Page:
The need for child and adolescent psychiatrists far outpaces the availability of providers who specialize in that area of practice. In fact, the average wait time to see a child or adolescent psychiatrist, by some accounts, can be nearly two months.
The American Academy of Child and Adolescent Psychiatry has labeled the workforce shortage in this specialty as “severe,” as the U.S. averages just 14 providers per 100,000 youth. And as the demand for care increases, correlating to the well-documented rise in child and adolescent mental health concerns, the provider shortage could soon feel even more significant than it already is.
By joining clinical teams in a remote capacity, the seasoned child and adolescent psychiatrists at innovaTel bridge the ever-widening delta behavioral healthcare leaders are seeing between the needs of their patients and the availability of specialized care. Dr. McCray Ashby, a child psychiatrist who also serves as innovaTel’s vice president of clinical education, has seen the benefits of improved access to specialized care first hand.
“Telehealth has opened the door in different ways. A provider could, on the one hand, work in an area that may not typically have that type of provider,” Ashby said, referring to child psychiatrists or providers of diverse cultures. “We can have an African American therapist in an area that doesn’t typically have that provider. The flipside is those same individuals may be working in an area that doesn’t typically have that ethnicity in that area – exposing an entire geographical location to people they don’t normally see as leaders and providers in their areas.”
From a treatment perspective, particularly when working with children and adolescents, Ashby said providers who receive DEI and cultural competence training are better equipped to enter patient engagements with a more robust awareness of patient experiences — regardless of their own social or ethnic background, creating opportunities for trust and connection.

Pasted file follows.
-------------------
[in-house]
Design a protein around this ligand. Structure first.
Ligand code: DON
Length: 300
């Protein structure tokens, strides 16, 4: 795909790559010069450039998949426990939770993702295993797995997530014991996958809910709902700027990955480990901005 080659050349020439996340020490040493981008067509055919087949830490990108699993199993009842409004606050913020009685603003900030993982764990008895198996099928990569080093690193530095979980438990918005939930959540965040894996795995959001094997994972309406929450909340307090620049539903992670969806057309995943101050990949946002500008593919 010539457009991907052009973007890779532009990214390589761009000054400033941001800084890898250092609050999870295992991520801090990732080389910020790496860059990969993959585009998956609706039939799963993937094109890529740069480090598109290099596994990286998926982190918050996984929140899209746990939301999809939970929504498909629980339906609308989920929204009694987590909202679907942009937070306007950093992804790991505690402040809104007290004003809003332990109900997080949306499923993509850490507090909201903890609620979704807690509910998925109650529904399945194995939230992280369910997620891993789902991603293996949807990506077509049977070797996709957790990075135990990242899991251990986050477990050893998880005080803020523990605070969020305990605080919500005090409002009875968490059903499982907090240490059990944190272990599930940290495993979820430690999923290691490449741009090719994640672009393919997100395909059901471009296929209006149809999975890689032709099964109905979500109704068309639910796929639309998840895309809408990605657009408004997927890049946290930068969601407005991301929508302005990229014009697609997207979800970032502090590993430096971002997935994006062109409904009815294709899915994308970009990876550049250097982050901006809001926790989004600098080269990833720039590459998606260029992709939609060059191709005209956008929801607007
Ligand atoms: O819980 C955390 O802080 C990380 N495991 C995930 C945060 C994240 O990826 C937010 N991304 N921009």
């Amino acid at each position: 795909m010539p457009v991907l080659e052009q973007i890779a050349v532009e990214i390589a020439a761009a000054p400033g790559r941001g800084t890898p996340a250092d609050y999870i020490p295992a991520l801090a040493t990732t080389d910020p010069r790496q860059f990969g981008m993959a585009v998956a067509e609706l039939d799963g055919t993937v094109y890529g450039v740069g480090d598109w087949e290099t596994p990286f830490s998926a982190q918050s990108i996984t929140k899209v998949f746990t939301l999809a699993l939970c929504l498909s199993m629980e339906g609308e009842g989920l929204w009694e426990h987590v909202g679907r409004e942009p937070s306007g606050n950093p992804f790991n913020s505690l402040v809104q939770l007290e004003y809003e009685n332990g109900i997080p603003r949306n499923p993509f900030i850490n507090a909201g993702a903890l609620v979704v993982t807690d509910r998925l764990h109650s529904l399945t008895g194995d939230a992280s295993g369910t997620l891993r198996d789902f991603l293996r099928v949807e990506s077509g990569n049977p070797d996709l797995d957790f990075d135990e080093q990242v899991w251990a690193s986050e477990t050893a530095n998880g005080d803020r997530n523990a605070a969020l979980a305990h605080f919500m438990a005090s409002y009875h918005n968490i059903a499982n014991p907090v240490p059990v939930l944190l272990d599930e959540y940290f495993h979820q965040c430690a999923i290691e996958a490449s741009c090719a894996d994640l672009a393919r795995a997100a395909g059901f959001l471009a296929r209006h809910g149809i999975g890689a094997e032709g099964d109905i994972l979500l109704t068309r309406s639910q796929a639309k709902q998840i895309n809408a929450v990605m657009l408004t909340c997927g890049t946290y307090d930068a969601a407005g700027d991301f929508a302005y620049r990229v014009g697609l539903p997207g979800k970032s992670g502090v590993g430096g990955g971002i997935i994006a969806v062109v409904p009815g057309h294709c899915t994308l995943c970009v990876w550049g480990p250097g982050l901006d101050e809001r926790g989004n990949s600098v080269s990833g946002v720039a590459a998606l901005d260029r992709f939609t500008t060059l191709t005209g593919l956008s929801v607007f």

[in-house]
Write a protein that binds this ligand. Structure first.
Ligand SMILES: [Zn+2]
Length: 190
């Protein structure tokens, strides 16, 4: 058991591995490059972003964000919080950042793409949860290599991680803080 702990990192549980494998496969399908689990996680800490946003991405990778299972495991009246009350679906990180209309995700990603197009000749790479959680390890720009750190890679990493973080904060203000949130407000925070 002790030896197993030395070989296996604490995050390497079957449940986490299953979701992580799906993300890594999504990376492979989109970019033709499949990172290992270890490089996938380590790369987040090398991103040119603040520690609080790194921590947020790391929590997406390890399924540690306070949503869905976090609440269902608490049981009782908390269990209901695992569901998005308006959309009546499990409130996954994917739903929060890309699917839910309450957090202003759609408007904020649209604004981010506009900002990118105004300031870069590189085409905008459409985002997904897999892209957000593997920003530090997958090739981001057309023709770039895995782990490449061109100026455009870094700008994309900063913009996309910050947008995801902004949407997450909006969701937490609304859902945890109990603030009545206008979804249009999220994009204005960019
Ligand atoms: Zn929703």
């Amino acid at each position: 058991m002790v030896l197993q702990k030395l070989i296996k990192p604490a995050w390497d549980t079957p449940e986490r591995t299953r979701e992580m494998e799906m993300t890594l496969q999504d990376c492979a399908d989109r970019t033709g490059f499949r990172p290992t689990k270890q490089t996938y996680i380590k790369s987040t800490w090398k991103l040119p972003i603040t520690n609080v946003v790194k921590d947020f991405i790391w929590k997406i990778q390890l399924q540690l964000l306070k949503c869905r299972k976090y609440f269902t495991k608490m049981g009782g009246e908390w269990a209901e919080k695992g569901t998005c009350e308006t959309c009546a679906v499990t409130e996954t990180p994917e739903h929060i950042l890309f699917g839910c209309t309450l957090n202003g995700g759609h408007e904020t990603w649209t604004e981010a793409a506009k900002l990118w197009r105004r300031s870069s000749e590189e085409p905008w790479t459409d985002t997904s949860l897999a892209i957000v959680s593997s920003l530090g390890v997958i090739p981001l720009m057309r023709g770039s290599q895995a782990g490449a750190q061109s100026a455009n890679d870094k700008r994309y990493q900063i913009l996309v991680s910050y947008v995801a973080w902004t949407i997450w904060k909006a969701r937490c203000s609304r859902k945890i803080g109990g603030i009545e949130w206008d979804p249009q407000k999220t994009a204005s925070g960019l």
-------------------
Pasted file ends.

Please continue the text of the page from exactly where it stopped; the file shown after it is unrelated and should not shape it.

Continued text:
During in-person visits, providers are able to break the ice with patients by playing games or having items in the office that children and adolescents can connect with or hold — such as puzzles or fidget toys. But, in a remote setting, those tactics aren’t available.
With that in mind, Ashby has a few practices he uses to effectively engage with patients as a child and adolescent psychiatrist in a remote setting.
- Everyone loves an animal. When Ashby was in private practice, an office fish tank was an immediate draw for kids who came to see him. In a remote setting, he likes to ask patients or families if they would like to see his dog or guinea pig. “It is a great, simple way to get the child’s attention,” he said.
- Subtle but significant artwork. Ashby likes to use the wall behind him, while seeing patients, as a space to feature photos of obscure historical figures with diverse backgrounds as a way to support minority populations and demonstrate inclusion. And when kids recognize the figure, it serves as a nice icebreaker. “It allows for the development of a stronger relationship with the patient,” he said.
- Look beyond the diagnosis. Recognizing that sometimes kids are viewed or perceived by their diagnosis, Ashby actively works to make the appointment about more than medication or symptoms. To do that, he engages with kids as kids, asking about upcoming holidays, discussing Halloween costumes and reviewing their favorite TV show. “It can be extremely important in building a good rapport,” Ashby said.
- Connecting to the clinical site. Since Ashby serves patients in markets that aren’t in his immediate geographical area, he uses an app that informs him about the weather at the clinical site where his patients are being seen. “It helps me feel more connected by simply asking if the staff or families had any trouble with the severe weather, rain, heat, etc.,” he said.
To learn more about how telebehavioral health can improve access to subspecialties of care, including child and adolescent psychiatrists, download our whitepaper at the link below.